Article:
Published on October 4, 2007
Chapter 14: Forward & Futures Prices: Chapter 14: Forward & Futures Prices Copyright © Prentice Hall Inc. 2000. Author: Nick Bagley, bdellaSoft, Inc. Objective How to price forward and futures Storage of commodities Cost of carry Understanding financial futures Chapter 14: Contents: Chapter 14: Contents 1 Distinction Between Forward & Futures Contracts 2 The Economic Function of Futures Markets 3 The Role of Speculators 4 Relationship Between Commodity Spot & Futures Prices 5 Extracting Information from Commodity Futures Prices 6 Spot-Futures Price Parity for Gold 7 Financial Futures 8 The “Implied” Risk-Free Rate 9 The Forward Price is not a Forecast of the Spot Price 10 Forward-Spot Parity with Cash Payouts 11 “Implied” Dividends 12 The Foreign Exchange Parity Relation Features of Forward Contract: Features of Forward Contract Two parties agree to make an exchange in the future at a pre-determined price The forward price is the delivery price such that the current market value of the forward contract is zero No money or services are exchanged when the contract is agreed to Face value = quantity * forward price Long position: buyer; short position: seller Futures Contracts: Futures Contracts Futures contracts are standardized, traded forward contracts Disadvantage of forward: because it is unique, it cannot be traded, so both parties must commit; if it were a futures contract, a party could “exit” the contract by selling it Exiting a contract: called “terminating” With futures, exchange determines commodity, size of trade, and delivery time & place Futures Listings: Futures Listings Have list of futures contracts traded on Chicago Board of Trade (CBT) of same quantity and commodity; only difference is delivery month Open (opening price), High/Low (that day’s high and low), Settle (the average settlement price near end of the day), Change (from previous settlement price), Lifetime High/Low, Open Interest (no. of contracts outstanding at end of day) Futures Contracts: Futures Contracts Parties have contracts with CBT, not each other CBT matches long and short positions Orders are executed by brokers on the floor of the CBT (who paid for their seat) To ensure that parties do not default, all exchanges require that there be some collateral in each account to cover losses - called margin requirement All account are marked to market at end of day based on average settlement price Characteristics of Futures: Characteristics of Futures Futures are: standard contracts immune from the credit worthiness of buyer and seller because exchange stands between traders contracts marked to market daily margin requirements Futures Example: Futures Example Take a long position in futures contract of 5000 bushels of wheat to be delivered in Sep Broker requires you to deposit some money in the account (e.g. $2000) as collateral The day after purchase of contract, the futures price falls 10 cents per bushel, so have lost $0.10*5000 = $500 Broker takes $500 from your account and gives it to exchange, who transfers it to a party with a short position Futures Contracts: Futures Contracts If collateral in your account falls below some level (determined by broker and/or exchange), then will receive a margin call from broker asking for money If do not respond that day, then broker liquidates your position at market price and returns remaining collateral (if any) Because have daily marking to market, market value of all contracts is always zero at beginning of the day (irrespective of face value) This minimizes prob. of default Futures vs. Forward Contracts: Futures vs. Forward Contracts Anyone can use futures contract since your credit worthiness is not checked - margin requirements guarantee your position Forward contracts are thus used when credit worthiness is easy to verify, such as with banks Forward contracts are not necessarily marked to market each day Storage of Commodities: Storage of Commodities Futures contracts allow one to hedge against risk associated with storing a commodity Futures contracts allow one to separate these two decisions: Whether to physically store a commodity Whether to be exposed to financial risk via price changes Storage: Example: Storage: Example Current harvest will come in one month; have one ton left of wheat from last harvest Spot price is $2; one-month futures price is F To eliminate exposure to price risk, can either sell at $2 today, or go short at F Storage: Example: Storage: Example Consider distributor of wheat Cost of carry = cost of physically storing commodity = interest, warehousing, spoilage costs For distributor, cost of carry = 10 cents/bushel/mon Distributor will go short with contract if F exceeds $2.10 (in which case will store wheat for one month); otherwise, will sell at spot price of $2 Another distributor might have cost of carry=15 cents, so he would sell today at spot price if F is less than $2.15 Storage & Spread: Storage & Spread Let S be spot price, F futures price (one month), and C cost of carry (one month) Distributor will hold wheat in storage for another month (I.e. buy future) if C < F - S Call F - S the spread: it determines how much wheat will be stored from one month to the next Speculators vs. Hedgers: Speculators vs. Hedgers A hedger is hedging against risk: includes farmers, bakers, producers, distributors, etc. A speculator buys/sells to make a (short-term) profit: he takes positions based on his expectation about prices in the future Example: speculator expects price to be $2 in one month; if F is less than $2, should go long (so that can buy it one month from now at less than $2) If F is greater than $2, should go short (so that can sell one month from now at more than $2) Spot and Futures Prices: Spot and Futures Prices Consider following arbitrage Buy wheat at spot price S and store it for one month at cost of carry C Can guarantee today to sell it one month from now at price F via futures contract If F > S + C, then can make risk-free profit No arbitrage opportunities can exist in equilibrium, placing upper bound on spread: Extracting Information: Extracting Information Theoretically, futures price reflects what investors think price will be in the future Two cases to be considered: (Case I) Stock out: when there is no wheat in storage If no wheat is being stored, means would lose money if do so, implying total cost S + C exceeds payoff F, so F - S < C In this case, forward price provides some info about expected price that is not built into spot price Extracting Information: Extracting Information If wheat is being stored, then spot price contains all relevant info about expectations: forward price does not give more info This is so because in this case F - S = C (to ensure no arbitrage opportunities exist) Hence, futures price is completely determined by spot price and cost of carry Alternatively, can use spot and futures prices to estimate cost of carry (when commodity is being stored) Forward-Spot Price-Parity for Gold: Forward-Spot Price-Parity for Gold There are two ways to invest in gold buy an ounce of gold at S0, store it for a year at a storage cost of $h (per unit of $S0) and sell it for S1 Forward-Spot Price-Parity for Gold: Forward-Spot Price-Parity for Gold Alternative: invest in synthetic gold Invest S0 (the spot price) in a 1-year T-bill with return r, and purchase a gold forward at F (go long) for delivery in 1-year Forward-Spot Price-Parity for Gold: Forward-Spot Price-Parity for Gold According to Law of One Price, both investments must yield the same return Gold Example: Gold Example Suppose spot price for one ounce of gold is $300, storage costs are 2% per year, and the risk-free rate is 8% Then one-year Forward price should be (1 + 0.02 + 0.08) * 300 = $330 If forward price > $330, can make arbitrage by borrowing at risk-free rate, buying gold at spot price, and at same time selling it for future delivery at forward price If forward price < $330, sell gold short in the spot market, invest the proceeds in the risk-free asset, and go long (buy) the forward contract Gold Arbitrage Example: Gold Arbitrage Example Suppose F > (1+r+h)*S Borrow S at risk-free rate: CF today = S, CF in 1 yr = -(1+r)*S Invest proceeds in gold: CF today = -S, CF in 1 yr = S1 - h*S Go short forward contract: CF today = 0, CF in 1 yr = F - S1 Net: CF today = 0, CF in 1 yr = F - (1+r+h)*S > 0 Forward-Spot Price-Parity for Gold: Forward-Spot Price-Parity for Gold A contract with life T: This is not a causal relationship: the forward and current spot price are jointly determined by the market If we know one, then the Law of One Price determines the other Rule of One Price: No Arbitrage Profits: Rule of One Price: No Arbitrage Profits Purchase Actual Au Sell T-Bill Sell Au Forward Sell Actual Au Settle T-Bill Settle Au Forward Au = Gold Implied Cost of Carry: Implied Cost of Carry Because of forward-spot price parity relationship, you can’t extract information about the expected future spot price of gold (unlike wheat case) from futures prices - because gold is always stored However, can infer implied cost of carry from spot and forward prices of gold Implied cost of carry = F - S (spread) The implied storage costs are the implied cost of carry per $spot, so Financial Futures: Financial Futures Financial futures promise future delivery of stocks, bonds, and currencies Securities can be held at very low cost since they are not physical, so can ignore carrying costs At settlement date, securities are not transferred; rather, exchange cash Example: Forward price of stock is $108/share; if stock price at delivery date turns out to be $109, then party that went long gets $1/share from party that went short Financial Futures: Financial Futures Consider replicating the cash flow of holding a stock using risk-free asset and forward Current stock price = S, stock price in one year = S1, risk-free rate = r% If buy stock today, cash flow today = -S, and cash flow in one year is S1 Consider a synthetic stock (next slide) Synthetic Stock: Synthetic Stock Go long a forward contract: cash flow today = $0, cash flow in one year = S1 - F Buy a pure discount bond with face value F: cash flow today = PV of bond = -$F/(1+r), cash flow in one year = F Net: cash flow today = -F/(1+r), cash flow in one year = S1 Stock: cash flow today = -S, cash flow in one year = S1 The cash flow today must be equal in equilibrium: Financial Futures: Financial Futures In general, if maturity of zero-coupon bond and forward contract is T years, with no storage cost, the relationship between the forward and spot is Any deviation from this will result in an arbitrage opportunity Financial Futures Example: Financial Futures Example Suppose arbitrage equation is violated: let r=8%, S=$100, F=$109 Sell forward contract: CF today = 0, CF in 1 yr = $109 - S1 Borrow $100 at risk-free rate: CF today = $100, CF in 1 yr = -$108 Buy a share of stock: CF today = -$100, CF in 1 yr = S1 Net: CF today = 0, CF in 1 yr = $1 The “Implied” Risk-Free Rate: The “Implied” Risk-Free Rate We showed that one can replicate the stock using the risk-free asset and a forward Hence, can replicate a pure-discount bond by buying a share of stock and taking a short position in a forward contract One-year pure discount bond has face value F Buy a share of stock at S, and sell forward with forward price F The “Implied” Risk-Free Rate: The “Implied” Risk-Free Rate Buying bond: CF today = -F/(1+r), CF in 1 yr = F Synthetic Bond: Buy a share of stock: CF today = -S, CF in 1 yr = S1 Sell forward F: CF today = 0, CF in 1 yr = F - S1 Net: CF today = -S, CF in 1 yr = F To have no arbitrage opportunity, require that CF today be the same in both scenarios: The “Implied” Risk-Free Rate: The “Implied” Risk-Free Rate Rearranging, the implied interest rate on a forward given the spot is This is reminiscent of the formula for the interest rate on a discount bond The Forward Price is not a Forecast of the Spot Price: The Forward Price is not a Forecast of the Spot Price Suppose risk premium of a stock is p%, and risk-free rate is r%, and current spot price is S This means expected spot price is (1+p+r)*S However, forward-spot price-parity formula says that forward price should be F = (1+r)*S Hence, F does not equal expected spot price Forward-Spot Parity with Cash Payouts: Forward-Spot Parity with Cash Payouts Up to now have assumed that stocks do not pay dividends - what happens if they do? Suppose stock is expected to pay dividend D Cannot replicate stock exactly since dividend is expected, not known for certain To replicate this stock using risk-free asset and forward, must now purchase bond with face value of F + D Forward-Spot Parity with Cash Payouts: Forward-Spot Parity with Cash Payouts Buy stock: CF today = -S, CF in 1 yr = D + S1 Synthetic Stock: Go long futures contract: CF today = 0, CF in 1 yr = S1 - F Buy zero-coupon bond with face value D + F: CF today = - (D + F)/(1+r), CF in 1 yr = D + F Net: CF today = - (D + F)/(1+r), CF in 1 yr = D + S1 To prevent arbitrage, CF today must be equal: Forward-Spot Parity with Cash Payouts: Forward-Spot Parity with Cash Payouts The S0 - F relationship becomes Forward price > Spot price if D < r S, or D/S < r (recall: D/S = dividend yield) Because D is not known with certainty, this is a quasi-arbitrage situation “Implied” Dividends: “Implied” Dividends From the last slide, we may obtain the implied dividend This is the dividend the market expects to get when prices are F and S Foreign Exchange Rate Parity: Foreign Exchange Rate Parity Consider link between forward price of a currency and its spot price Maturity of forward contract is t years Denominate prices in dollars Foreign Exchange Rate Parity: Foreign Exchange Rate Parity Buy a yen-bond: CF today = -S/(1+rY), CF in 1 yr = S1 Synthetic Yen-Bond: Go long on forward: CF today = 0, CF in 1 yr = S1 - F Buy dollar bond with FV F: CF today = - F/(1+r$), CF in 1 yr = F Net: CF today = - F/(1+r$), CF in 1 yr = S1 To avoid arbitrage, CF today must be equal: Interest Rate Forward Contracts: Interest Rate Forward Contracts Forward rate agreement (FRA): agreement to exchange cash flows based on reference interest rate (e.g. 3-month T-Bill rate) and principal amount at a single time in the future First party pays the second if interest rate on future date exceeds reference rate, otherwise reverse Size of payment depends on Notional principal: principal amount Spread between actual rate and reference rate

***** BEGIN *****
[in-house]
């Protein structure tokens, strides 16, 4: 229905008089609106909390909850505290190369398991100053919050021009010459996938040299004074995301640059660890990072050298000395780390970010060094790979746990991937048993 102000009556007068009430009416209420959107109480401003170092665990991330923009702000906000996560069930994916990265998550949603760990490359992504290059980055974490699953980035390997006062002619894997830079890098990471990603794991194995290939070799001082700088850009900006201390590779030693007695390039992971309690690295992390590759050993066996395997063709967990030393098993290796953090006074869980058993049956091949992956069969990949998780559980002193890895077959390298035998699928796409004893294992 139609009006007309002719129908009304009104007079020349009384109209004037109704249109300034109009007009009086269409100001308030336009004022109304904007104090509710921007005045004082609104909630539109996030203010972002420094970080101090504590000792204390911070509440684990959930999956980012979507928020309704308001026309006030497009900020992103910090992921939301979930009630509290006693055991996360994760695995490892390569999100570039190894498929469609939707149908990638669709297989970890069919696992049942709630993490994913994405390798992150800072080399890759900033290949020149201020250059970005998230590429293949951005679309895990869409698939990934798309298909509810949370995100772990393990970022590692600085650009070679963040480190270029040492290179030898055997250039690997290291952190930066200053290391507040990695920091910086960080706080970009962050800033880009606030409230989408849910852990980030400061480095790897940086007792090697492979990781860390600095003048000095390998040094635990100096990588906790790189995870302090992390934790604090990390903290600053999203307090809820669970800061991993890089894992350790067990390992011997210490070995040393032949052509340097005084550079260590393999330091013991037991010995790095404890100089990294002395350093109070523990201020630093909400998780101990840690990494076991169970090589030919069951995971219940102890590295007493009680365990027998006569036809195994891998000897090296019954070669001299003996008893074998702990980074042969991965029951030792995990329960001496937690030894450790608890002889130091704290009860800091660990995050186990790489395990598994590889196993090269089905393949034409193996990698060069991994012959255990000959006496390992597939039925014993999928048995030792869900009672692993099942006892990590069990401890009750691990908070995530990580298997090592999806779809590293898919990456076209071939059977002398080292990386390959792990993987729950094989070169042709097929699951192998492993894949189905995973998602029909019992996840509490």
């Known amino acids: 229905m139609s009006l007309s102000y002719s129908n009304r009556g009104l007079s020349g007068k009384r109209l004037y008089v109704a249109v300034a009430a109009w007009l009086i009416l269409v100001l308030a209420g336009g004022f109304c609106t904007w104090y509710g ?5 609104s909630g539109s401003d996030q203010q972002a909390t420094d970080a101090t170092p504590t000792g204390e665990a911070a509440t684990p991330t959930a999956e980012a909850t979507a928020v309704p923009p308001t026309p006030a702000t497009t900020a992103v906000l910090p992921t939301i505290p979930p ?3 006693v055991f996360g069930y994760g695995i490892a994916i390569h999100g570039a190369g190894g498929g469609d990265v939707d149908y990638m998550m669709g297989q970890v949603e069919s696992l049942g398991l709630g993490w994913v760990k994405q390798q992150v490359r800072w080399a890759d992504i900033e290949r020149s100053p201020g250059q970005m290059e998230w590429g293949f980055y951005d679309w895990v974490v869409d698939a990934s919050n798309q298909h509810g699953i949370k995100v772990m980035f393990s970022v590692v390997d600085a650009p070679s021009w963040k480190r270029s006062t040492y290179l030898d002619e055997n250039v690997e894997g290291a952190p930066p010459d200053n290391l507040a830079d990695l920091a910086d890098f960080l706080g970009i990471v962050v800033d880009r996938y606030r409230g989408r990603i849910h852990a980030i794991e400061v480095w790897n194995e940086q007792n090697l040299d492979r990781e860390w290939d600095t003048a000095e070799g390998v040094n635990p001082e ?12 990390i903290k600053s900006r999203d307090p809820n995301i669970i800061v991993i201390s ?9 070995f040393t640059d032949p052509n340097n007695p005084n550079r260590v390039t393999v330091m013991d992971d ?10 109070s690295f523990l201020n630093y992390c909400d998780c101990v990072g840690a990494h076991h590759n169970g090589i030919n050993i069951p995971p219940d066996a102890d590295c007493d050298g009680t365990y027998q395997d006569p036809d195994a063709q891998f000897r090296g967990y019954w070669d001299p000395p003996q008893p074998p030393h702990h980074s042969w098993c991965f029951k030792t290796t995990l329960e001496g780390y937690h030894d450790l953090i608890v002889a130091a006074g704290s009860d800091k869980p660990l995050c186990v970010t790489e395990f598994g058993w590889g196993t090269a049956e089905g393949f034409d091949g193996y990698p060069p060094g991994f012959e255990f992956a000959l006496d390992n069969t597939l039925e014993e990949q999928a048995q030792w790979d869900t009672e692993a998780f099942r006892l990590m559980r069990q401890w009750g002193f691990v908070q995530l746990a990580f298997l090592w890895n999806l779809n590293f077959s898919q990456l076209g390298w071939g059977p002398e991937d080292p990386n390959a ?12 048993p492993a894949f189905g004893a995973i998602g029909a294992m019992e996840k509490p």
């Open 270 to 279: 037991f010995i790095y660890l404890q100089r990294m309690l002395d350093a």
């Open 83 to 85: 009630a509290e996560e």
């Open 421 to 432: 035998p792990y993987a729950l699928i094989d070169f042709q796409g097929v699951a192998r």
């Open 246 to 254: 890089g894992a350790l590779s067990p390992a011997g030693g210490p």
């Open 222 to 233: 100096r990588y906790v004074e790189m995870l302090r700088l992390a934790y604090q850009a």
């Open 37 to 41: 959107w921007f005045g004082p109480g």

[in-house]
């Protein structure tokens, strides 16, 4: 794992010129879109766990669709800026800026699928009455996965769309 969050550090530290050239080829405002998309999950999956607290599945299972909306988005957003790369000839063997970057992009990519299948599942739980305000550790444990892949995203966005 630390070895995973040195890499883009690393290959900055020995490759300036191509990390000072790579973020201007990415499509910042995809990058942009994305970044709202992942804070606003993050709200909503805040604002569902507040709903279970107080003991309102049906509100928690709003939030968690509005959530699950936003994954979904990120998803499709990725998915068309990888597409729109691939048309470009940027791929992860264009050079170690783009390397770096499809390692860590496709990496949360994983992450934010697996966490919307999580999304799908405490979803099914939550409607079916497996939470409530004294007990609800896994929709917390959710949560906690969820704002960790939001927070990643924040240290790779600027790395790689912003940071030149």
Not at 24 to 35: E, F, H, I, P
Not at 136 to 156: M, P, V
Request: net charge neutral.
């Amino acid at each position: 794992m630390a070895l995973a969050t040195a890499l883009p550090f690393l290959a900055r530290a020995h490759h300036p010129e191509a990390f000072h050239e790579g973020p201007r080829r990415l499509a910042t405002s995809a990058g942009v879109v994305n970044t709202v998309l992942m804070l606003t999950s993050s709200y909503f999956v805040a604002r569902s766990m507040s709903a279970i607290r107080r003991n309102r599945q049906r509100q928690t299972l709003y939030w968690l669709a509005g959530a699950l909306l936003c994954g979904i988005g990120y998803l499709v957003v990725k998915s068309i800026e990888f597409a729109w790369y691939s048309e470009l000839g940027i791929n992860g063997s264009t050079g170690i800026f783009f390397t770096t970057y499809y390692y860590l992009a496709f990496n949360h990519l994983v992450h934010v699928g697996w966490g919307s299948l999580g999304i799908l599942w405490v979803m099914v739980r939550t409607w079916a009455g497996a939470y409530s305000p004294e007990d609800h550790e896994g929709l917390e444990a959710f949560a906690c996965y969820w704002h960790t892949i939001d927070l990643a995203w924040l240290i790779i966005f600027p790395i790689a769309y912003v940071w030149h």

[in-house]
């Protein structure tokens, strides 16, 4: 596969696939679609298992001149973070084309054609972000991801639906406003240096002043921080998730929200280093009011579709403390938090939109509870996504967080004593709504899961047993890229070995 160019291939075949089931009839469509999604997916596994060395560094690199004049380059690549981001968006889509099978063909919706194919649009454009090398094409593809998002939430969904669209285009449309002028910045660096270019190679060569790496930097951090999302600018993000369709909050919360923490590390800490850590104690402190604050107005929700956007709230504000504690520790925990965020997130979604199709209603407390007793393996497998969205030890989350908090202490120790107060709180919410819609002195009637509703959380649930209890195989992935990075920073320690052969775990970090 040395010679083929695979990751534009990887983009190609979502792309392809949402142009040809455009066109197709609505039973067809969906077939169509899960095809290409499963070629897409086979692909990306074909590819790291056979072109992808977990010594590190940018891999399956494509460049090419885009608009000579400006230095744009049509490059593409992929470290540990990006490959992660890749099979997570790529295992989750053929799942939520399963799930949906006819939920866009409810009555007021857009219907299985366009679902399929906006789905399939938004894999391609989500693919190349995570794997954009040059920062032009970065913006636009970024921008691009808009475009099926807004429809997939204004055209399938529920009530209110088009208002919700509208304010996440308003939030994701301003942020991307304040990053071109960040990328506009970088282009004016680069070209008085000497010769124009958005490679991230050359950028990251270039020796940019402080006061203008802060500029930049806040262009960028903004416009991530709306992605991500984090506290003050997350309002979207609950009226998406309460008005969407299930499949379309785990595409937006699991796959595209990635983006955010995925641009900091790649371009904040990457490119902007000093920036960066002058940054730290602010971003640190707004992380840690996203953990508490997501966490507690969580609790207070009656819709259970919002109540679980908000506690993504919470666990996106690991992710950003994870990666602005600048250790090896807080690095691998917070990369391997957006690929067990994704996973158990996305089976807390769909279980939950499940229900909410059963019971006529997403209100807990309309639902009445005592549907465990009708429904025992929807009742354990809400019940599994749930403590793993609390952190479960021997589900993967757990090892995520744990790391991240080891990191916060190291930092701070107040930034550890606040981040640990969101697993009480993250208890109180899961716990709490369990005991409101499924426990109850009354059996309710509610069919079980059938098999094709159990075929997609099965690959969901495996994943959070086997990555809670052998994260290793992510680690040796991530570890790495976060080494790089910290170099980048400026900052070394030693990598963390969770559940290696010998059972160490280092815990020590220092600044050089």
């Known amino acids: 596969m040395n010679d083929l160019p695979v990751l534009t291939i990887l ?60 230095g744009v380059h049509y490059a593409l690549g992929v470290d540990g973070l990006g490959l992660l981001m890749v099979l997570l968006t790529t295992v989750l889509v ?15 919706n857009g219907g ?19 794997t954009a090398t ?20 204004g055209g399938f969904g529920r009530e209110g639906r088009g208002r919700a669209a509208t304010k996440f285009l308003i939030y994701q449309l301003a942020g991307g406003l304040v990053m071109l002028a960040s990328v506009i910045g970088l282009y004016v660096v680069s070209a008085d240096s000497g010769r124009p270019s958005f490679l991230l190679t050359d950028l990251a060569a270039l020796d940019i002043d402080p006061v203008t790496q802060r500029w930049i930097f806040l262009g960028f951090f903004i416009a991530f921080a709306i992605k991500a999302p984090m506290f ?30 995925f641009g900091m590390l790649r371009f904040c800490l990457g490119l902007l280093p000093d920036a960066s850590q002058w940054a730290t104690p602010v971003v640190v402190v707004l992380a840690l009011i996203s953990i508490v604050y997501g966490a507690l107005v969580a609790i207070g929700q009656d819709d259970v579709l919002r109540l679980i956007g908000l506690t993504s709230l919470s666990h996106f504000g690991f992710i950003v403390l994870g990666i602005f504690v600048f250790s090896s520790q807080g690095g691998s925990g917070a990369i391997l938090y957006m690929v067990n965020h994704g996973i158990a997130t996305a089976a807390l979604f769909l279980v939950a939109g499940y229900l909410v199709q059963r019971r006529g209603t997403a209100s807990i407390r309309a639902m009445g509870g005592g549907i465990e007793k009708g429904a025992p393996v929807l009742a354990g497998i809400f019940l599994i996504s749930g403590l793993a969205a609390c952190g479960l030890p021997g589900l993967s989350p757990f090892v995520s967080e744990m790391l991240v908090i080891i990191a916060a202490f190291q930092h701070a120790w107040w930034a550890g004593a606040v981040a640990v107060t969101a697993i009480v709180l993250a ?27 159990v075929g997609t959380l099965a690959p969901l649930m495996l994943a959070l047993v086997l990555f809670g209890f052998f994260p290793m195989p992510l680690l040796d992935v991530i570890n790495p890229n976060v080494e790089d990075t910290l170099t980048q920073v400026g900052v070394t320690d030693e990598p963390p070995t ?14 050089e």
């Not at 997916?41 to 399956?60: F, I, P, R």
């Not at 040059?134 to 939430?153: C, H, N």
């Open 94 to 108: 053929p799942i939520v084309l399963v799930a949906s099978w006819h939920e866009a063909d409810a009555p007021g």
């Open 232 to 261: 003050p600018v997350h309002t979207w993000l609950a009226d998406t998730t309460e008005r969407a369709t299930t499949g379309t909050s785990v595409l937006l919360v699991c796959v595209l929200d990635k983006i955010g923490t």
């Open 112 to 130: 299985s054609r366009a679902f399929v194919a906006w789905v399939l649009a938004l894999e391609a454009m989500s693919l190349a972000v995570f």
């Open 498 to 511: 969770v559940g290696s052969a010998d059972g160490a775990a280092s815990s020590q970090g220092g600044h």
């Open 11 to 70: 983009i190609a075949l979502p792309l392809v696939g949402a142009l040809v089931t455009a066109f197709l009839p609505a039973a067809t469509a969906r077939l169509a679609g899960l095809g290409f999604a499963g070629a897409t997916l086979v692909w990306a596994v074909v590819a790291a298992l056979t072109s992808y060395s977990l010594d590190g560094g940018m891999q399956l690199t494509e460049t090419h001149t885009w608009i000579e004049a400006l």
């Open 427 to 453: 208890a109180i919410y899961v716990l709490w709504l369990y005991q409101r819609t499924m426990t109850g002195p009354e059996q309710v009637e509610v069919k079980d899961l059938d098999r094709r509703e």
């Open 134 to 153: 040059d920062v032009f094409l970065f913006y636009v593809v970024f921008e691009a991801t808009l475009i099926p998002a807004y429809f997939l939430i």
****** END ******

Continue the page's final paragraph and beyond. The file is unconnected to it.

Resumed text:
Chapter 14 - First Aid and Emergency Medical Services FIRST AID. Antonio J. Dajer. First aid is the immediate care given to victims of accidents before ...